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“They’re Killing My Boys!”—third of three

18 December 2020
“They’re Killing My Boys!”: the History of Hickam Field and the Attacks of 7 December 1941, J.Michael  Wenger, Robert J. Cressman, and John Di Virgolio, 2019, ISBN 9781682474587, 272 pp.

“They’re Killing My Boys!”: the History of Hickam Field and the Attacks of 7 December 1941 by J. Michael Wenger, Robert J. Cressman, and John F. Di Virgilio

“They’re Killing My Boys!” is the third title (the previous two books were reviewed in the previous posts) of a trilogy centered upon the disastrous series of attacks by the Japanese Empire bringing the U.S. directly into World War II. The authors create a unique approach, as well, by researching the details of a myriad of individual actions—both U.S. and Japanese—and knitting them into the tapestry of the actions at Hickam Army Air Field on 7 December 1941. The three authors collectively possess expertise and proficiency beyond most individual analyses. Photographic images are investigated with every detail extracted and matched to individual events which creates an extraordinary comprehension of the day for the reader.  The trilogy is:
  • “No One Avoided Danger”: NAS Kaneohe Bay and the Japanese Attack on of 7 December 1941 (see the second previous post for the review)
  • “This Is No Drill”: the History of NAS Pearl Harbor and the Japanese Attacks of 7 December 1941 (see the previous post for the review)
  • “They’re Killing My Boys!”: the History of Hickam Field and the Attacks of 7 December 1941
The reactions of U.S. Army forces to the Imperial Japanese attacks on Hickam Army Air Field—which occurred as part of the overall Pearl Harbor Raid on 7 December 1941—have interesting comparisons and contrasts to those of the U.S. Navy and U.S. Marine Corps elsewhere on Oahu. Fate and service culture were the differential factors, of course, and these three authors create a thorough understanding of the actions leading to that fateful morning as well as the chaos which ensued. “They’re Killing my Boys!” is the quote selected by the authors to spotlight the intense emotion felt of the attacks felt by Major General Frederick Martin (command of U.S. Army Air Forces in Hawaii). Martin said this as he observed and assessed the attack’s first wave while it was unfolding. For months he had coordinated with the U.S. Navy to best defend Hawaii, agreeing the most likely attack, should one occur, would be from the air at dawn. For months he had been requesting Boeing B-17 Flying Fortress long range patrol aircraft to compliment the Navy’s PBY Catalina long range patrol missions. But for months his superiors ordered his efforts to focus on training these aircrews and forwarding them to the western Pacific, especially the Philippines. The U.S. simply had too few assets to deploy in too short a time. Priorities were set. Decisions were made. The authors, as in their previous titles in this outstanding trilogy, place the readers into the times by describing pre-attack service life and the command’s orders. How the enlisted and the officers recreated. How they trained. The many and varied alerts to prepare for potential threats. That the Army was on a war footing is well exemplified by this authoring team as they describe the creating and planning of Hickam Army Air Field as well as the logistics of supporting its aviation efforts. Also, they uncovered in detail interesting history, like:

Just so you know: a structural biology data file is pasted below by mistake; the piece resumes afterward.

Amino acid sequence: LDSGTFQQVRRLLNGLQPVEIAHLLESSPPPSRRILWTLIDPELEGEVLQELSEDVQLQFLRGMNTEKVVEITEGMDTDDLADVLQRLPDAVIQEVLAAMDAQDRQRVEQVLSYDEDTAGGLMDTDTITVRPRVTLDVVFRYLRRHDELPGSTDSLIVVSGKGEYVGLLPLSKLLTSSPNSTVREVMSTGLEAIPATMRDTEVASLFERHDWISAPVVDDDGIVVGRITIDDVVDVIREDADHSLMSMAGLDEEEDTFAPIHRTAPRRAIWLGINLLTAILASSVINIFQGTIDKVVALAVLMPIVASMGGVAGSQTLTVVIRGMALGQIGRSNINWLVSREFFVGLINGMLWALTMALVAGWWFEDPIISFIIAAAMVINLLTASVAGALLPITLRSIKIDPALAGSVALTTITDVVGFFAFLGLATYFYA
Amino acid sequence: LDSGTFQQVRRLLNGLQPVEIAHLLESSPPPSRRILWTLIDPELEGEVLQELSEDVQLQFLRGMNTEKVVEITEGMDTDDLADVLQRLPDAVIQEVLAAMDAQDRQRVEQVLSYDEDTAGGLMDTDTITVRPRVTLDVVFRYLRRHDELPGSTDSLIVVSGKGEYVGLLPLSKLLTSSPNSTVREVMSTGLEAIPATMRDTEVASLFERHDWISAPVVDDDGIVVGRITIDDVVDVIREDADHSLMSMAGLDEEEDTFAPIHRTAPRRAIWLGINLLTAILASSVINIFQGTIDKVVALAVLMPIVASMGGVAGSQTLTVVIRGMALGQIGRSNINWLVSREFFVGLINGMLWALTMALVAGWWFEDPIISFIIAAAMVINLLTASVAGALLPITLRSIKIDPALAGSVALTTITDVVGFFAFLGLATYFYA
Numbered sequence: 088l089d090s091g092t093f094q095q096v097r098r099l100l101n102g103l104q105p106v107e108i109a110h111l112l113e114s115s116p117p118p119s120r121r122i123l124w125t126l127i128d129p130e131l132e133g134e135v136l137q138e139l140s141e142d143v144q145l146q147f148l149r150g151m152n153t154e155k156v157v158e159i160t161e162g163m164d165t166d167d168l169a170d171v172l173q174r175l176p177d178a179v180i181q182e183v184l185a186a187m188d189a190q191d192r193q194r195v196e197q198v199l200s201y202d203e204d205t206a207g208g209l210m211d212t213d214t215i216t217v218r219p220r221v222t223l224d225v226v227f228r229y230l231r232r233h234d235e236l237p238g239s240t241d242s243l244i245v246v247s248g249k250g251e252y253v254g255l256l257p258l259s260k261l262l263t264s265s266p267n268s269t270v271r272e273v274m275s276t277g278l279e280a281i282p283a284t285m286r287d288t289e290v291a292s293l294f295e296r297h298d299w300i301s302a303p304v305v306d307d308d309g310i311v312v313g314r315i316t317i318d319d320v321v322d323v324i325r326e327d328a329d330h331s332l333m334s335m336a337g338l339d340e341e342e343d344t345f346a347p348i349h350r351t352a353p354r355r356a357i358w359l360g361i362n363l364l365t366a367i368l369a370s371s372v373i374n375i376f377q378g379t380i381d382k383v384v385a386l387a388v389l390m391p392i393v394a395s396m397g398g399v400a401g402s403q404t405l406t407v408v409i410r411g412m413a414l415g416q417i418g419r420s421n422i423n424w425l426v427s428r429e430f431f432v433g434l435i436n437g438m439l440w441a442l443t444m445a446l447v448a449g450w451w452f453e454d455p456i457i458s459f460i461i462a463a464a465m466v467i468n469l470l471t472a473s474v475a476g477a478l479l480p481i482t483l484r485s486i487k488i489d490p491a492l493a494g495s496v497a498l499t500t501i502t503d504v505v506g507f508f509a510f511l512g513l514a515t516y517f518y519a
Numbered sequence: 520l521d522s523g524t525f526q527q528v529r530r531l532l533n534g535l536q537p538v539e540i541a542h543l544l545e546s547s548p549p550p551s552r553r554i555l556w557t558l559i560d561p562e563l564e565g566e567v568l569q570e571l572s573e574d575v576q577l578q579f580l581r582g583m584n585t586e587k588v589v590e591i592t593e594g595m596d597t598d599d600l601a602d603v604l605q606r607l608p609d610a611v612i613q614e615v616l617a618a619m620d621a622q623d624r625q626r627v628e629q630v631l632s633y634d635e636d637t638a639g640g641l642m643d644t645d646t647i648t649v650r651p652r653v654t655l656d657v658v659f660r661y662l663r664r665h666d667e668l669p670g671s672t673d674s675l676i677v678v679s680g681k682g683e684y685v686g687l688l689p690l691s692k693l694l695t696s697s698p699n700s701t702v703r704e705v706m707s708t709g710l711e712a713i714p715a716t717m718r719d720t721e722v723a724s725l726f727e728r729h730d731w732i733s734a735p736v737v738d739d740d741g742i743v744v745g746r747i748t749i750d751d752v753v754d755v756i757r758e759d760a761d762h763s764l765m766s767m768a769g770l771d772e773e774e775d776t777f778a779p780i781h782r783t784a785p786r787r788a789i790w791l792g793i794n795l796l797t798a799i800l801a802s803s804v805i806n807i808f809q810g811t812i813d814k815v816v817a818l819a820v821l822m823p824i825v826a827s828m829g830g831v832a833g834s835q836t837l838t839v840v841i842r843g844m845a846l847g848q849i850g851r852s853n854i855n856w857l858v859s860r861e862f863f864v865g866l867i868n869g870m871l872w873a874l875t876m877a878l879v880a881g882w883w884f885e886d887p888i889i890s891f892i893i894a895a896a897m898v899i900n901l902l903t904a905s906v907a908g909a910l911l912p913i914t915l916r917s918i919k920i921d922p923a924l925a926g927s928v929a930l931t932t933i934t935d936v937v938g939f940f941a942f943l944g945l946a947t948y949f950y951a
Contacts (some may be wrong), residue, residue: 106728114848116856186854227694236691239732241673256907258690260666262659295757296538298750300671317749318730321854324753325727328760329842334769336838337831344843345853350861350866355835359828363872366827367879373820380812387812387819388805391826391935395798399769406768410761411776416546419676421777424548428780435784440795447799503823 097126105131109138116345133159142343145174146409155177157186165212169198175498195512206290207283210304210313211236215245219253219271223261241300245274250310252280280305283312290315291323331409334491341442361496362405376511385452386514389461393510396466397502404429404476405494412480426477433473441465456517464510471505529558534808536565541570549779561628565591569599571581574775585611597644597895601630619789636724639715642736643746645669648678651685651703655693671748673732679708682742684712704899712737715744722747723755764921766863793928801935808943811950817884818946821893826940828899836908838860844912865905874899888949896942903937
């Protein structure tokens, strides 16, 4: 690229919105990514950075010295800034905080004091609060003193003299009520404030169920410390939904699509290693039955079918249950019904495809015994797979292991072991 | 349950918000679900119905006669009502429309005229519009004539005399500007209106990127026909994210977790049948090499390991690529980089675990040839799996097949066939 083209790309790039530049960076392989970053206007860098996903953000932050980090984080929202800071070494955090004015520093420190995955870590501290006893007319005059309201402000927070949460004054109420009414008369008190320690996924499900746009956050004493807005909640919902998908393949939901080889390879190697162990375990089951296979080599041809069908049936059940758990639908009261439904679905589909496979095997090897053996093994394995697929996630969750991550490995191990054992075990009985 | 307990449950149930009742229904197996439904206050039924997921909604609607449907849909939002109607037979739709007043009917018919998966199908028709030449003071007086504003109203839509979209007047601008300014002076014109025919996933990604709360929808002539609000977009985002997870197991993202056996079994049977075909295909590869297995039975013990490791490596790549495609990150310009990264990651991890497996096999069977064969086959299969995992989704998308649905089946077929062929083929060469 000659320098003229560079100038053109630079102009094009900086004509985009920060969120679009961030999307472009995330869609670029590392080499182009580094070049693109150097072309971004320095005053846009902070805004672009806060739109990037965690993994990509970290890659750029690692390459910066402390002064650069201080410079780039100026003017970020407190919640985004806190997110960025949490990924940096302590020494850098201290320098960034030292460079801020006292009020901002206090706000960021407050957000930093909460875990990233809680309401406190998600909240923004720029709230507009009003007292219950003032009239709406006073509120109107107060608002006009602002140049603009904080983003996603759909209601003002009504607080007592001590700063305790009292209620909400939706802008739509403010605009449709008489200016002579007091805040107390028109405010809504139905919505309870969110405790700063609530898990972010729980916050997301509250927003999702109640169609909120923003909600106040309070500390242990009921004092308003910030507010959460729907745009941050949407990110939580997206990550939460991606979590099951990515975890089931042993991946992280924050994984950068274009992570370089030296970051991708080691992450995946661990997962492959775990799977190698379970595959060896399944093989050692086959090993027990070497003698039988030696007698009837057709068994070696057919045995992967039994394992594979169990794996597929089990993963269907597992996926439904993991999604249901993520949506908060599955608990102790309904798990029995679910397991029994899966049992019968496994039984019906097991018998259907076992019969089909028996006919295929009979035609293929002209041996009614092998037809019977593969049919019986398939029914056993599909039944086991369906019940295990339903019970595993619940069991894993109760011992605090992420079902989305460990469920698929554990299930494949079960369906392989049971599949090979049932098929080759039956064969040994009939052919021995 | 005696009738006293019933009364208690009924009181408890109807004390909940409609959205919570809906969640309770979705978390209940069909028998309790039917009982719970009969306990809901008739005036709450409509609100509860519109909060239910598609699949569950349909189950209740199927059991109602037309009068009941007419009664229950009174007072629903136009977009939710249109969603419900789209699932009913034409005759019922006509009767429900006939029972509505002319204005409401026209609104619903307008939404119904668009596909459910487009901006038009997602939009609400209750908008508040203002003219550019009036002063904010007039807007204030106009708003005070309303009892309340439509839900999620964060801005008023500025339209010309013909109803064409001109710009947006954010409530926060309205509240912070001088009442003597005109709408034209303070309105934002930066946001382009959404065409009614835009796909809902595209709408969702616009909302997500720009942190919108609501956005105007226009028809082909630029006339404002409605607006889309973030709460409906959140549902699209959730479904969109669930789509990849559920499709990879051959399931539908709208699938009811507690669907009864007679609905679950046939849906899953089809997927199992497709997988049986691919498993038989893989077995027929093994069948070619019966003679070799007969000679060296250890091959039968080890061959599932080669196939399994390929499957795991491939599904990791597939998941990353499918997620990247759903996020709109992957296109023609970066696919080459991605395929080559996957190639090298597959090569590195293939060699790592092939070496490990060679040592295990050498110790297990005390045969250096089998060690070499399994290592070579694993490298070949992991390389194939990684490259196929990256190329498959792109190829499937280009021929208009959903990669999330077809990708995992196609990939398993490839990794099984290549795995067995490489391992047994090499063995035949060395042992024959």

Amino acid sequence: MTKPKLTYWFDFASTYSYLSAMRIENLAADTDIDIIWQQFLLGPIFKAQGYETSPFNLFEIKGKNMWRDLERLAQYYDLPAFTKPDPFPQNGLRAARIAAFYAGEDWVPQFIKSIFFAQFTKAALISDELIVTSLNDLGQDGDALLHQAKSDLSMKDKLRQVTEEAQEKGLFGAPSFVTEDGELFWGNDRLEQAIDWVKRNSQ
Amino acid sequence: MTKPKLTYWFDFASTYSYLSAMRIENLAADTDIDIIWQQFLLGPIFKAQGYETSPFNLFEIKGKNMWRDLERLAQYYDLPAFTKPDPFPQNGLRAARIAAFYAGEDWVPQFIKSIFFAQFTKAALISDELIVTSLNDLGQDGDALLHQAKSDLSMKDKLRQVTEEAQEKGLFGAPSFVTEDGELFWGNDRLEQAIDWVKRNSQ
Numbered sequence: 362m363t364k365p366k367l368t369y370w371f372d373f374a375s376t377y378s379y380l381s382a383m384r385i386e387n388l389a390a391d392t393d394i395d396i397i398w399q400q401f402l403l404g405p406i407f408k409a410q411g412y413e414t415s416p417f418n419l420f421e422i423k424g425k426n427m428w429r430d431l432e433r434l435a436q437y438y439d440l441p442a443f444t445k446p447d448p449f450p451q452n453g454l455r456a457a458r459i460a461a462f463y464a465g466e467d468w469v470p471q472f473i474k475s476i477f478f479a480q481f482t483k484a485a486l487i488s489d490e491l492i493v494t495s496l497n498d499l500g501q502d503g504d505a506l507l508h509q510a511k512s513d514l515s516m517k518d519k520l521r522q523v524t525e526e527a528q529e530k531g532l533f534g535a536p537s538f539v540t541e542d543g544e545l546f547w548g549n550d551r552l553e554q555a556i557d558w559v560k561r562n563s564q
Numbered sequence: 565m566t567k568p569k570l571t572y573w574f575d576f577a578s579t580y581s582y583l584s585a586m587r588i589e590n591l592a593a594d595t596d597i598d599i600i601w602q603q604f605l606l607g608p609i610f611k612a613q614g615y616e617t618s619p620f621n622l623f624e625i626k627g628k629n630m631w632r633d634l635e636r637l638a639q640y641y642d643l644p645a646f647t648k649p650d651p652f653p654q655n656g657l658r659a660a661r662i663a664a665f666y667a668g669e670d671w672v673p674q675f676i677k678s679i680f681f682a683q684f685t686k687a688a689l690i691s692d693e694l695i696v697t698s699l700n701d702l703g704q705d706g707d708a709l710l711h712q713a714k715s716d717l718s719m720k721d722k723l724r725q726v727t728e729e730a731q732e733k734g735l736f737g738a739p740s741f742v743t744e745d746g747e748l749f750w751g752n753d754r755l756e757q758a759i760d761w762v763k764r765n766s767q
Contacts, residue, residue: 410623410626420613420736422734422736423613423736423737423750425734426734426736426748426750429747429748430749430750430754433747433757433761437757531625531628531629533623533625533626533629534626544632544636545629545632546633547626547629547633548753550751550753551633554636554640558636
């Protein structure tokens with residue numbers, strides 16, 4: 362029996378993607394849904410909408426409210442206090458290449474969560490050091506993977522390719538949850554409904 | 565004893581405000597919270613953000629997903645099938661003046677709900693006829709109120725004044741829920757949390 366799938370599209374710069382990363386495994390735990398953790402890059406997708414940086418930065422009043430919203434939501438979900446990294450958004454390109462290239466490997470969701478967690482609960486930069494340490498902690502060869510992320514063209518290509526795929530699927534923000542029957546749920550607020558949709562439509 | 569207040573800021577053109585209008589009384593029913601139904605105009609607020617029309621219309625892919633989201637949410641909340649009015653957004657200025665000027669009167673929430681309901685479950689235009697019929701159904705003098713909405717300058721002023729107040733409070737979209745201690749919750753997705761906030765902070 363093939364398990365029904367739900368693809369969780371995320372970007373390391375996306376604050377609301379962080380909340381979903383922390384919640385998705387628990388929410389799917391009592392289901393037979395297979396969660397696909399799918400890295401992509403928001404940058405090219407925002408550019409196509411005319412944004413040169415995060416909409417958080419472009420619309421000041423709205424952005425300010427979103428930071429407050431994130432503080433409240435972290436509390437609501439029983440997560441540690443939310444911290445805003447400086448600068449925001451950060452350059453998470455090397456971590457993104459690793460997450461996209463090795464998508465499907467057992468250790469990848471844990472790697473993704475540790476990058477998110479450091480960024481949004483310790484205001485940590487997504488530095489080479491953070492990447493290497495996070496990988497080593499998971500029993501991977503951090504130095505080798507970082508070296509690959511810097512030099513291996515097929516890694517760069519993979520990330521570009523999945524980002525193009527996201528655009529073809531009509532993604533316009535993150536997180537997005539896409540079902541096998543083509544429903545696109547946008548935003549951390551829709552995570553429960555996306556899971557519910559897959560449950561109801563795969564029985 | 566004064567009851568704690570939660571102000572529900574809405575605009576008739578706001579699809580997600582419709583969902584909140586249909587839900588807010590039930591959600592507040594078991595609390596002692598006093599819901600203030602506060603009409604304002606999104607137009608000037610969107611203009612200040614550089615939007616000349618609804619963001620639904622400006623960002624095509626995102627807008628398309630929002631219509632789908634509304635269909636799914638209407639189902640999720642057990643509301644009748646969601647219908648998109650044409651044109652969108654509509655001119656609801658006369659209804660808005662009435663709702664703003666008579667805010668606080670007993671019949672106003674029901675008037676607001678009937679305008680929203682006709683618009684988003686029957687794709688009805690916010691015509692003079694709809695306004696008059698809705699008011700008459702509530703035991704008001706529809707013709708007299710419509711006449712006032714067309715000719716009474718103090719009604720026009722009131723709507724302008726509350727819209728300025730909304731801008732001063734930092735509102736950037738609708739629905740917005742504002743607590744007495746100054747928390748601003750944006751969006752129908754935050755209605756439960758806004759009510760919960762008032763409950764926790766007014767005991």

• The planning of a secret overflight reconnaissance mission over the Japanese Mandate Islands using a Consolidated B-24A Liberator which was destroyed in the raid with a serviceman experiencing a horrible death.